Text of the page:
By Reon Janse van Rensburg
The South African Protection of Personal Information Act (POPI) will officially be enforced on 1 July 2020.
The purpose of this legislation is to protect the personal information of citizens, which is obtained and processed by both public and private institutions, and also attempts to balance the right to privacy with other rights such as access to information.
This Act has been implemented for a number of years and many parts of it has been in working since April 2014.
Sections 2 until 38; 55 until 109; section 111; and section 114 (1), (2), and (3) will be in effect from 1 July.
Other parts of the Act such as section 110 and 114 (4) will only be in effect from 30 June 2021.
What is personal information?
Personal information is a broad term and relates to an identifiable, natural or legal entity and includes, but is not limited to:
- Contact information – telephone number, email address etc.
- Private correspondence
- Biometric information – blood group etc.
- Demographic information – age, gender, race, date of birth, ethnicity etc.
- Opinions of and about a person or group
- History – employment, financial information, medical history, criminal history as well as educational history
The POPI Act applies to every business in South Africa (even international companies that does business in South Africa) that collects, uses, stores or destroy personal information from a data subject (the natural or legal entity to whom the information belongs), whether or not such processing is automatic.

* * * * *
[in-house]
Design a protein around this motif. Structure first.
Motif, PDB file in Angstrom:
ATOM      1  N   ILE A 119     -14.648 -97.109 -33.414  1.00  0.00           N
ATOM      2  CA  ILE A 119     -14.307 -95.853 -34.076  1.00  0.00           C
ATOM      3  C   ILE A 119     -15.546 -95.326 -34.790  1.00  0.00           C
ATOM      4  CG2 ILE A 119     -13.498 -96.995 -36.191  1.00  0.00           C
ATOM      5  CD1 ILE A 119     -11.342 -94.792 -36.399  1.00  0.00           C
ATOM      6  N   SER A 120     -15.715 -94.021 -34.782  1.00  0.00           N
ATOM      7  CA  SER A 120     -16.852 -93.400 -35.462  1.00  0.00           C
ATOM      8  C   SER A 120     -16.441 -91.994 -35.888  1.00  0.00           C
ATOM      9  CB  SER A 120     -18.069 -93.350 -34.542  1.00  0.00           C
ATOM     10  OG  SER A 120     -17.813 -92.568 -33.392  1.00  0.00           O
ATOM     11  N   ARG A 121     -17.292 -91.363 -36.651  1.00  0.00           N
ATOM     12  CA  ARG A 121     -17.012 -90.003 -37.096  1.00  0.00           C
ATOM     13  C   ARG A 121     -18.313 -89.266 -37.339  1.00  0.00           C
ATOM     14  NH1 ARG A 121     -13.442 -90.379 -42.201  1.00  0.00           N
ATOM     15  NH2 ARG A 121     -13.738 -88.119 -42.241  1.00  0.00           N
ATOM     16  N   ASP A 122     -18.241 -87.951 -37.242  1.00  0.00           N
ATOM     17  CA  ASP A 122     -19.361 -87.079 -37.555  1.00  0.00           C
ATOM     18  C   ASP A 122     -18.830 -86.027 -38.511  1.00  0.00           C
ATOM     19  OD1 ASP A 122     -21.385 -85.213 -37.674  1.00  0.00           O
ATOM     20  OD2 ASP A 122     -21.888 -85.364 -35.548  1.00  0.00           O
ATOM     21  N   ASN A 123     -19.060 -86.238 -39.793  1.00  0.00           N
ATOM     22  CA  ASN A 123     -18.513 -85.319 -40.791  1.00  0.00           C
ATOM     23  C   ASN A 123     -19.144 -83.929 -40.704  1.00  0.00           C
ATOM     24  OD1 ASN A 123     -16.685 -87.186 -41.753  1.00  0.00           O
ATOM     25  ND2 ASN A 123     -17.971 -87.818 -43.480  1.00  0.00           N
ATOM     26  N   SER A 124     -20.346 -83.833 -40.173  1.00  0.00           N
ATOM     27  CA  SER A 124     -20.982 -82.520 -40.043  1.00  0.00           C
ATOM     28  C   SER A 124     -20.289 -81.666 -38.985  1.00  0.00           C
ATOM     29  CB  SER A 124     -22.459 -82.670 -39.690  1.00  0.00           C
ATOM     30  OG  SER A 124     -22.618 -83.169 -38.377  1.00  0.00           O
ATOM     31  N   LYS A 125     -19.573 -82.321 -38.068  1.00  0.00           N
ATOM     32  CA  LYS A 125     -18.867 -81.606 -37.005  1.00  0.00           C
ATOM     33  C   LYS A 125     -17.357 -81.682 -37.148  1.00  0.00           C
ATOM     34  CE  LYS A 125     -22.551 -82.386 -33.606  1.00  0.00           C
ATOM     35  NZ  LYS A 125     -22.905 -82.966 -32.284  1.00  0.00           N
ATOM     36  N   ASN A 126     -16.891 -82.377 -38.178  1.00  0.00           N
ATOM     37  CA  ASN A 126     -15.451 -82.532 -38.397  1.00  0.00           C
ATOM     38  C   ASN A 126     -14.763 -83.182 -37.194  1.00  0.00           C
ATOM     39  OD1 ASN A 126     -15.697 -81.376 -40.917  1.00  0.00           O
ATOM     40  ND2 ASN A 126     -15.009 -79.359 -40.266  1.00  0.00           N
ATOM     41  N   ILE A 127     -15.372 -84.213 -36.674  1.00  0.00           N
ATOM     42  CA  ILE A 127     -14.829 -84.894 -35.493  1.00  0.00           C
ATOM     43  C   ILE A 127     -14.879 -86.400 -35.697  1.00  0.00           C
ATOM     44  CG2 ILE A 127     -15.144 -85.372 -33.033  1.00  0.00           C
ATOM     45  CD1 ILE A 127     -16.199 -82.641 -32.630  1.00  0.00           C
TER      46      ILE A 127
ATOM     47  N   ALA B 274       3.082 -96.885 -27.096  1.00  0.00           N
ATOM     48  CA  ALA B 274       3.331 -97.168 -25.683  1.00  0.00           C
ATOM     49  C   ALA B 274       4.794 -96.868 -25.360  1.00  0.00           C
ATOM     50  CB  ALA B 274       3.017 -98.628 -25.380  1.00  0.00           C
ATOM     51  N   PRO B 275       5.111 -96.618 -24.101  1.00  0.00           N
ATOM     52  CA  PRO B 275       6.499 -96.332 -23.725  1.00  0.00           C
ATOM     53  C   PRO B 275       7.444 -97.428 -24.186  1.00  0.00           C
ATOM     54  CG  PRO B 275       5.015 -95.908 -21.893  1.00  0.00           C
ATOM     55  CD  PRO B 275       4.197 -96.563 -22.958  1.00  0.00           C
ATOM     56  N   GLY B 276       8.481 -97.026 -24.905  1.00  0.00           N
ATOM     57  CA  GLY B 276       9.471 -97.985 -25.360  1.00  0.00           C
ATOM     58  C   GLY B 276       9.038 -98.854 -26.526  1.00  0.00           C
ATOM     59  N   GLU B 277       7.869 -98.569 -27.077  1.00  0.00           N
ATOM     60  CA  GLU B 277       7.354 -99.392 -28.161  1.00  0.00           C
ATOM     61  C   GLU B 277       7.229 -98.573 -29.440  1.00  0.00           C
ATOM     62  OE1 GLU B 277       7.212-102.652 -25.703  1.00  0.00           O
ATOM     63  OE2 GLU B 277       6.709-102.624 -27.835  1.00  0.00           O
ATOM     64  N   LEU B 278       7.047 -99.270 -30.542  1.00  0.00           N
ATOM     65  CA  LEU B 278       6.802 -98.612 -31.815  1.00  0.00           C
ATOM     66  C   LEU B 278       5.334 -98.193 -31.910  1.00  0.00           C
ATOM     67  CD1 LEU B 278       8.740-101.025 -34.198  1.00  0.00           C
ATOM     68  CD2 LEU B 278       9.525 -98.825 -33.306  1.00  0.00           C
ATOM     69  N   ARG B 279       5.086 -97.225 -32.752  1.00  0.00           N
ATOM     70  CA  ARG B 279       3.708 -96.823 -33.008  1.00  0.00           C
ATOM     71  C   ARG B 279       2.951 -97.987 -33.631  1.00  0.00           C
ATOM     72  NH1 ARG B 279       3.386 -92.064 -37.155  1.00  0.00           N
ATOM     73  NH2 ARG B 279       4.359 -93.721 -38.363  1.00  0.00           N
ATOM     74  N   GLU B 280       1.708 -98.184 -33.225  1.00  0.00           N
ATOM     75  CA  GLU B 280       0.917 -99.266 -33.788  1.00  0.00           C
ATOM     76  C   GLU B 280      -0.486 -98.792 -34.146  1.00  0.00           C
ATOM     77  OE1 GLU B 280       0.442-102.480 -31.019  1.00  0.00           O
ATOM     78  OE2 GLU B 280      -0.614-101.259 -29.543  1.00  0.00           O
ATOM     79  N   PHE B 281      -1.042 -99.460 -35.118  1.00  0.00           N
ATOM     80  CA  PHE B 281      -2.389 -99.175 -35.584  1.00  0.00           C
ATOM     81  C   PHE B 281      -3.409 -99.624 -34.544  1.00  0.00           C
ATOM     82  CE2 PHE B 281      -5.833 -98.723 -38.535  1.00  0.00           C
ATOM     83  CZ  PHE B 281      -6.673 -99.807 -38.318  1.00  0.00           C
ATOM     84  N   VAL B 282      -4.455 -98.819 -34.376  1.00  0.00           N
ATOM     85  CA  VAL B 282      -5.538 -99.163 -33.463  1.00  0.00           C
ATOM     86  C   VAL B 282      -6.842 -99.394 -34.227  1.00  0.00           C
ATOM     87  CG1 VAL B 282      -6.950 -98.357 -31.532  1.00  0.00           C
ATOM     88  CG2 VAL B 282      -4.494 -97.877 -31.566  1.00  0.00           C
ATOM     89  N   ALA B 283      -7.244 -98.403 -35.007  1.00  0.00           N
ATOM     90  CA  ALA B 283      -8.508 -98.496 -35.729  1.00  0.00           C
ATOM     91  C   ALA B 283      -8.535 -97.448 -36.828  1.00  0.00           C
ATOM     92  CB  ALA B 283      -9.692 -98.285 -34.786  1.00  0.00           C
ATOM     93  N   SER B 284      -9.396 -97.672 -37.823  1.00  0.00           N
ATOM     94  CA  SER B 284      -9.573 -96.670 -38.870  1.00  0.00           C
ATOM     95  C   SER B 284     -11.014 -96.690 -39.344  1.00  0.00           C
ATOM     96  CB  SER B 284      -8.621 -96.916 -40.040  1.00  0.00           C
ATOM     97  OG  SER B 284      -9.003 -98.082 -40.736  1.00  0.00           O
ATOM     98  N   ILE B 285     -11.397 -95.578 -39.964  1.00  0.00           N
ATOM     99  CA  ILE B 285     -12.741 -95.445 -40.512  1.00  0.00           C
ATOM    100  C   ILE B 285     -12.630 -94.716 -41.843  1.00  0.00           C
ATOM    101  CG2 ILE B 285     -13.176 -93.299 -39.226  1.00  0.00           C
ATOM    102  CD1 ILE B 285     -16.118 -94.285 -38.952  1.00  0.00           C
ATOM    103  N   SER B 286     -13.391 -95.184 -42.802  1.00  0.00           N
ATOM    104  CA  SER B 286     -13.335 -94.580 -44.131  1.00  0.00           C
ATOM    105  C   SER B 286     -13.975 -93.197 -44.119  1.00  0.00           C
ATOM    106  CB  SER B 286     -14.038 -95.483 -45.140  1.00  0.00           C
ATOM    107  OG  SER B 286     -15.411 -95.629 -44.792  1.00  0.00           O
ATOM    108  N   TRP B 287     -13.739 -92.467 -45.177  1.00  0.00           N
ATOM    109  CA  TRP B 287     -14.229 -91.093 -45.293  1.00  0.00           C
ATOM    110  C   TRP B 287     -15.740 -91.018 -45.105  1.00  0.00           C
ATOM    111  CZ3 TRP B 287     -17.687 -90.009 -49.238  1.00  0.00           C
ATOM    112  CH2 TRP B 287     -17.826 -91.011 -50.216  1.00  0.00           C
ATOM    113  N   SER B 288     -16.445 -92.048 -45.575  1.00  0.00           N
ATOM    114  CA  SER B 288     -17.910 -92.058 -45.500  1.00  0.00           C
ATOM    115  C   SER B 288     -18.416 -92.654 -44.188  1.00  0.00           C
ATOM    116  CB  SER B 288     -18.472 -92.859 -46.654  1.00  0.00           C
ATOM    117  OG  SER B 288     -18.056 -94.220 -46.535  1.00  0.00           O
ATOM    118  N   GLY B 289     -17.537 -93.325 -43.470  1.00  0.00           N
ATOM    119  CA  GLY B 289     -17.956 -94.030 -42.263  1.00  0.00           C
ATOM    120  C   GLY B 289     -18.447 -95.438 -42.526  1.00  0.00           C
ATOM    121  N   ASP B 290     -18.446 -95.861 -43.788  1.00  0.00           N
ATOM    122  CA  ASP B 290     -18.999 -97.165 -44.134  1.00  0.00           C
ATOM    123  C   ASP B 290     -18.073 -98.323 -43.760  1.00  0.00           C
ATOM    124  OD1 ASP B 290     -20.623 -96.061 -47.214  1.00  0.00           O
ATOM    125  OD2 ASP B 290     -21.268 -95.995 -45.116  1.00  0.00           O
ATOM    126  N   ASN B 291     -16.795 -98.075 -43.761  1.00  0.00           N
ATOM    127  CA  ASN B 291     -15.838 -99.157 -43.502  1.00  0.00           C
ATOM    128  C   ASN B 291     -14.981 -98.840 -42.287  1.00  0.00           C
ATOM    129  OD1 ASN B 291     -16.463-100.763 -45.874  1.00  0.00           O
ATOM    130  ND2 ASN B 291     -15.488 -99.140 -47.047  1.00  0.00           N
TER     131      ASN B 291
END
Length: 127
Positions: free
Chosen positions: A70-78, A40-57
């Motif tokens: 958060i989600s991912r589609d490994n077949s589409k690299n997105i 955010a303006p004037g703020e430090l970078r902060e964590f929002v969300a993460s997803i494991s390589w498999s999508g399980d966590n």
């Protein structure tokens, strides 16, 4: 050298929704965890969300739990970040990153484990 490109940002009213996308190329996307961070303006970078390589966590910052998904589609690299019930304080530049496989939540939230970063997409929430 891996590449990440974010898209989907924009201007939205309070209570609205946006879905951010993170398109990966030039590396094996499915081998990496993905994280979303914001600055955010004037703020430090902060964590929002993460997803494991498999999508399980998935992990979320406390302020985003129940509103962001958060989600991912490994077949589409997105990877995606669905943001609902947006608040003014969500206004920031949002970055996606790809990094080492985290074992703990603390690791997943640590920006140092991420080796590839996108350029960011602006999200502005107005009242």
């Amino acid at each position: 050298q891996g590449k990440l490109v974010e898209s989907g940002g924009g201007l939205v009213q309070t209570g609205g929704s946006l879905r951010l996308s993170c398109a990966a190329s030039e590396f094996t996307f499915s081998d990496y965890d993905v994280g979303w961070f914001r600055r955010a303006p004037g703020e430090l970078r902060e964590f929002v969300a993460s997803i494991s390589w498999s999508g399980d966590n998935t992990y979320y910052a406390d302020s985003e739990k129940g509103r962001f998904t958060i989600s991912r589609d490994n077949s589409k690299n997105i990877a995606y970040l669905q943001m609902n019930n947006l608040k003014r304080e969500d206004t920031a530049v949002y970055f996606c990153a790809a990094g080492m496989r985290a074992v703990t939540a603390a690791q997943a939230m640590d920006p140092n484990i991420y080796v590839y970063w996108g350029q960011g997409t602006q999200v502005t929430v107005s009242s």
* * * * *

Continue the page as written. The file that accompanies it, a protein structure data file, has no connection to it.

What are the obligations of businesses under the POPI-Act?
Some of the obligations include:
- To only collect information for a specific purpose;
- to ensure that the information is relevant and up to date;
- to have reasonable security measures in placer to protect the information;
- to only keep the necessary information; and
- to allow the data subject to obtain or view his or her information on request.
Examples of activities by companies that violate the POPI Act include collecting email addresses via a webform, saving a list of clients’ addresses, sending marketing messages or communication to people.
Legal processing of personal information
What is processing?
Processing involves anything that is done with personal information and includes the collection, use, storage, dissemination, modification or destruction of personal information (regardless of whether the processing is automatic).
The POPI legislation consists of the following important information processing principles:
- Accountability: Businesses must ensure that the information processing principles are adhered to.
- Processing restriction: Processing must be done lawfully, and personal information may only be processed if it is sufficient, relevant and not excessive given the purpose for which it is processed.
- Specific purpose: Personal information must be collected for a specific, and defined and legal purpose in relation to a function or activity of the business concerned.
- Transparency: Certain prescribed information must be provided to the data subject by the business, including the information collected, the name and address of the responsible party, the purpose for which the information is collected and whether the information provided by the data subject is voluntarily or mandatory.
- Further processing restrictions: This is where personal information of a third party is received and transferred to another responsible party for processing.
- Security measures: The business must protect the integrity of the personal information in its possession and under its control by ensuring that measures are in place to prevent loss of, damage to or unauthorised destruction of personal information.